The English Department and Writing Program offer a number of courses that support writers' development in a variety of genres and contexts. For First-Year students, we offer Academic English & Academic Inquiry seminars. For all undergraduates, we offer a variety of Communication Intensive and other courses in areas such as:

  • rhetoric & writing studies
  • language & linguistics
  • professional/technical communication
  • literature, film & media studies
  • creative writing & journalism

Each semester, the English department publishes detailed course descriptions, which include additional information about the courses being offered. For a complete set of department courses, please consult the General Bulletin or the Student Information System (SIS), using course codes ENGL (English), WRIT (Writing & Rhetoric), AIAE (Academic English), and/or AIQS (Academic Inquiry).

For personalized writing support, ENGL 180: Writing Tutorial (1 credit) is a weekly tutorial with a consultant from the Writing Resource Center that is designed to meet the specific writing goals of each student.

Sample courses from our literature, professional/technical communication, non-native speaker, language and linguistics, and creative writing offerings are described below. Many of these courses also count as Communication Intensive (CI) courses in the CWRU Unified General Education Requirements (UGER). In addition to the courses described below, we offer topical seminars that highlight the diverse scholarly interests of our students and faculty.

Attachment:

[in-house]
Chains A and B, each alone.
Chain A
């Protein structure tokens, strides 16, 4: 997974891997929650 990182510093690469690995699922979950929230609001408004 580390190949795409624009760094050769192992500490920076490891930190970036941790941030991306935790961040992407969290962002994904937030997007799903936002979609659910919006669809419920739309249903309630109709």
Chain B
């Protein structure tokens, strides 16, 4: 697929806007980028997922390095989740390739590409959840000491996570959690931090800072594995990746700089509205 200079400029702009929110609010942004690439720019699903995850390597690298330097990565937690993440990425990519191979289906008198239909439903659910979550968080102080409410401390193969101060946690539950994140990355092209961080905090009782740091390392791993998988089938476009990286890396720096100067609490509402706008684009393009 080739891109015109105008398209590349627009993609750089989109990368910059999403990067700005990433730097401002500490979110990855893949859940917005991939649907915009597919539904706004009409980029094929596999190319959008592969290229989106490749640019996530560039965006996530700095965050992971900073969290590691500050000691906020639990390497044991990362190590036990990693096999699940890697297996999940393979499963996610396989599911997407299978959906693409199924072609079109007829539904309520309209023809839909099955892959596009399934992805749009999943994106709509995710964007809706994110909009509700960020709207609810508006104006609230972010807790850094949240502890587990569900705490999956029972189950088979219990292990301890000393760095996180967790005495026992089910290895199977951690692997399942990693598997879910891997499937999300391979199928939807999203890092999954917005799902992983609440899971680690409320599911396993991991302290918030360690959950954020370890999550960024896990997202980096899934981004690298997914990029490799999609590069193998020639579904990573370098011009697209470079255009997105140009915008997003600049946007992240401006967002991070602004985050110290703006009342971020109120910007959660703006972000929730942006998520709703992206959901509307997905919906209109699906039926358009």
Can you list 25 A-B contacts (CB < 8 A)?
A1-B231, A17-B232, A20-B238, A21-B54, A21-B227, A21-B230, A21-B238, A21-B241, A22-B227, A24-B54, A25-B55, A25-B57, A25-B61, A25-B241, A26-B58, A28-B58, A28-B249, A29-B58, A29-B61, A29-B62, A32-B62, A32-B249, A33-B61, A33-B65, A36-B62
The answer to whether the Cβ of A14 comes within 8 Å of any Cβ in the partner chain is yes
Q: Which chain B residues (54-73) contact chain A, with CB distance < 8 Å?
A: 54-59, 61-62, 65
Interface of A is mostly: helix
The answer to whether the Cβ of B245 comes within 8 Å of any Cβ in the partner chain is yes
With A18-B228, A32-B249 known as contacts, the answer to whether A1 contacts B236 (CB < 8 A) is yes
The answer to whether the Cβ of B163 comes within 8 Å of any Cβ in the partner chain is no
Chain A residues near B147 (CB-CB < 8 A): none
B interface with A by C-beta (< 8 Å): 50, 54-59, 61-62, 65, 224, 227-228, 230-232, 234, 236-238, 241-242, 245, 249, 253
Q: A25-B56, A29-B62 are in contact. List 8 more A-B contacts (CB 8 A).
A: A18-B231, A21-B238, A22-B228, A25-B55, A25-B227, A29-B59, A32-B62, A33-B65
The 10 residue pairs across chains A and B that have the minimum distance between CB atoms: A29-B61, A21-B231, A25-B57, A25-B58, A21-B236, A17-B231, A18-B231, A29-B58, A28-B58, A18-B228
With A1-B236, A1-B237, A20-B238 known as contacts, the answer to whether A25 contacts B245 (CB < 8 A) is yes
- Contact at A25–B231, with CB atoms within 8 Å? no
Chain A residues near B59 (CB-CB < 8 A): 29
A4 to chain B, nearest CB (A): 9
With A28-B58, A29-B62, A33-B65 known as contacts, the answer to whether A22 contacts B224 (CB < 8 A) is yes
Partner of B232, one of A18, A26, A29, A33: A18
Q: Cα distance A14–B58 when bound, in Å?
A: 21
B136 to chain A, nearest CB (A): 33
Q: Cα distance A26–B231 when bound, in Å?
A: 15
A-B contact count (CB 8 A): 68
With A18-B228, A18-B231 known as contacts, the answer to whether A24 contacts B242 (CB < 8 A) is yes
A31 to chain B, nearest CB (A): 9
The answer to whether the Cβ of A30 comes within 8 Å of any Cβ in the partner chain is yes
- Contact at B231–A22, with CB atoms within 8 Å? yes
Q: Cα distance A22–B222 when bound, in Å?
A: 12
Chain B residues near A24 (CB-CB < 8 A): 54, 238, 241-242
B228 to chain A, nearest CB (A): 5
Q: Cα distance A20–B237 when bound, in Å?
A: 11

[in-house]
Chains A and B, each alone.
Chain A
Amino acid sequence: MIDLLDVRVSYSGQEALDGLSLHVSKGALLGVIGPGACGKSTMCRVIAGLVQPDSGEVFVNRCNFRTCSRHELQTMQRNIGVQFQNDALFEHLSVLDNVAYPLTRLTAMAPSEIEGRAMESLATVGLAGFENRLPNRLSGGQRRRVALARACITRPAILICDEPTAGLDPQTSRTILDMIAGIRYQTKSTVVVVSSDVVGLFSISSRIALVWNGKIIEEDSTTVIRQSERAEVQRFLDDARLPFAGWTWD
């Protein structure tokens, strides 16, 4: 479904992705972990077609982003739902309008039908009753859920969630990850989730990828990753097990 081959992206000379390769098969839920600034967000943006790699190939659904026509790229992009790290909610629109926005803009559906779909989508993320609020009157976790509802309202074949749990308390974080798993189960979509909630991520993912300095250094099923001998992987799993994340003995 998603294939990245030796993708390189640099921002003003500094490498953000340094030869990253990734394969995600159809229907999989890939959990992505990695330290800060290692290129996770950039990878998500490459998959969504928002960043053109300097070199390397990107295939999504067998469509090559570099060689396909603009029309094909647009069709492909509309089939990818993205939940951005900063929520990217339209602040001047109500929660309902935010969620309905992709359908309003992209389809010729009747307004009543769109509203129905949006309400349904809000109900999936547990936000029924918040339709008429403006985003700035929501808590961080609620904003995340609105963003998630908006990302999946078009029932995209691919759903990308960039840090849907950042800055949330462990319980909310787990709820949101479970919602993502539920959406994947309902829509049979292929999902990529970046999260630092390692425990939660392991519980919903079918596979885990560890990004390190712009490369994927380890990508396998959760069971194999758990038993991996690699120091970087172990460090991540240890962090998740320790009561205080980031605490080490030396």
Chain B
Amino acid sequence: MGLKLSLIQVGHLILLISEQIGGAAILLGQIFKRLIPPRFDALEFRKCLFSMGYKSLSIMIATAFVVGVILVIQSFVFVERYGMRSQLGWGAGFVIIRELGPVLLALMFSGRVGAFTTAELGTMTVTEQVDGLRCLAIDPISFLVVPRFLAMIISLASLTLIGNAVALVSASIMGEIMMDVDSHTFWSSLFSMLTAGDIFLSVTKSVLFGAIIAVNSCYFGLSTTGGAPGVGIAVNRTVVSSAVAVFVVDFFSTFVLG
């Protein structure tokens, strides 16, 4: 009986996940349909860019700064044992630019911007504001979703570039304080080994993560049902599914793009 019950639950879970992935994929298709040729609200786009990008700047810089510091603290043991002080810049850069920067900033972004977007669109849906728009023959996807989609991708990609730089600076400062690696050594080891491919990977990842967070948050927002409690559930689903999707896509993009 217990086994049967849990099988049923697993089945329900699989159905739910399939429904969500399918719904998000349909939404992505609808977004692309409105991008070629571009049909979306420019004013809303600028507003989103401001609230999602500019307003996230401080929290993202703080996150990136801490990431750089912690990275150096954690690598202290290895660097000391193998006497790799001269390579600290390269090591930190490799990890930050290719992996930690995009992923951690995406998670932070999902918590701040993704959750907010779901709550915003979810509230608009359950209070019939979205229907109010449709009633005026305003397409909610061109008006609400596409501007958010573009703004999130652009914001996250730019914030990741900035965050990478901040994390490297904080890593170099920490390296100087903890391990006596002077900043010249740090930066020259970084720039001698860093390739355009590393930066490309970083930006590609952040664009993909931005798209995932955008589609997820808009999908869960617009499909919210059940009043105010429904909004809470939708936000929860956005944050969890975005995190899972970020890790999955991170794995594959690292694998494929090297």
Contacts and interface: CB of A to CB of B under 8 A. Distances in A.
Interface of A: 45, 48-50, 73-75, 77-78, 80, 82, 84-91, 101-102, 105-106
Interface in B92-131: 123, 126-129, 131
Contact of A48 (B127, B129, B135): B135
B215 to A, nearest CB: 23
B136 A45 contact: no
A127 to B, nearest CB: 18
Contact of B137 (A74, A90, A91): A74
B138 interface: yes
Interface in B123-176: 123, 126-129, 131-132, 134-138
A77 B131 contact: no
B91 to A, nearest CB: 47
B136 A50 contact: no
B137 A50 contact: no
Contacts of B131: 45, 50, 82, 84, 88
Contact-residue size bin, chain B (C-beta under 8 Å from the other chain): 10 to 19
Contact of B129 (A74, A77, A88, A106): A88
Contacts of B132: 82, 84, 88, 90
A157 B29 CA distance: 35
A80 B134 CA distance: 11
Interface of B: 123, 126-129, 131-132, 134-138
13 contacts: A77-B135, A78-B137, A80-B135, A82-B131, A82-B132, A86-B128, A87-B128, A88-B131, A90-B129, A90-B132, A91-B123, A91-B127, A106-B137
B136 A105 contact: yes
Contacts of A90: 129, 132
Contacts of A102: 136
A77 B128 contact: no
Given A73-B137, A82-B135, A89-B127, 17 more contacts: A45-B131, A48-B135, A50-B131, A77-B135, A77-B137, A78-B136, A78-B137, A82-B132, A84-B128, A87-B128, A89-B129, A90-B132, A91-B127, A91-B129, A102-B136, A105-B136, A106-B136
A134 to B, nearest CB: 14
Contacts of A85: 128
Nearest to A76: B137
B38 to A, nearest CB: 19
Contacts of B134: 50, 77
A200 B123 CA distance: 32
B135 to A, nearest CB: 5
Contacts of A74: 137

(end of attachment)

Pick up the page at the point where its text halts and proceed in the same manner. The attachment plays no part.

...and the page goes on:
Sample Literature Courses

  • ENGL 200: Literature in English (CI) - This course introduces students to the reading of literature in the English language. Through close attention to the practice of reading, students are invited to consider some of the characteristic forms and functions imaginative literature has taken, together with some of the changes that have taken place in what and how readers read.
  • ENGL 257A: Reading Fiction (CI) - This course introduces students to prose narrative forms in English by exploring their intersecting histories and their contemporary developments. We will introduce and develop the key terms, concepts and practice of literary studies. The specific focus of the course may vary. Recommended preparation: Academic Inquiry Seminar or SAGES First Seminar.
  • ENGL 257B: Reading Poetry (CI) - This course will help you to read and enjoy poetry by introducing you to the history of poetic forms in English. We will introduce and develop the key terms, concepts and practice of literary studies by turning to poems for our test-cases; examples may include the sestina, sonnet and villanelle, ghazal, pantoum, haiku, and open forms. The specific focus of the course may vary. Recommended preparation: Academic Inquiry Seminar or SAGES First Seminar.

Sample Professional & Technical Writing Courses

  • ENGL 217A: Business & Professional Writing (CI) - An introduction to professional communication in theory and practice. Special attention paid to audience analysis, persuasive techniques in written and oral communication, document design strategies, and ethical communication practices.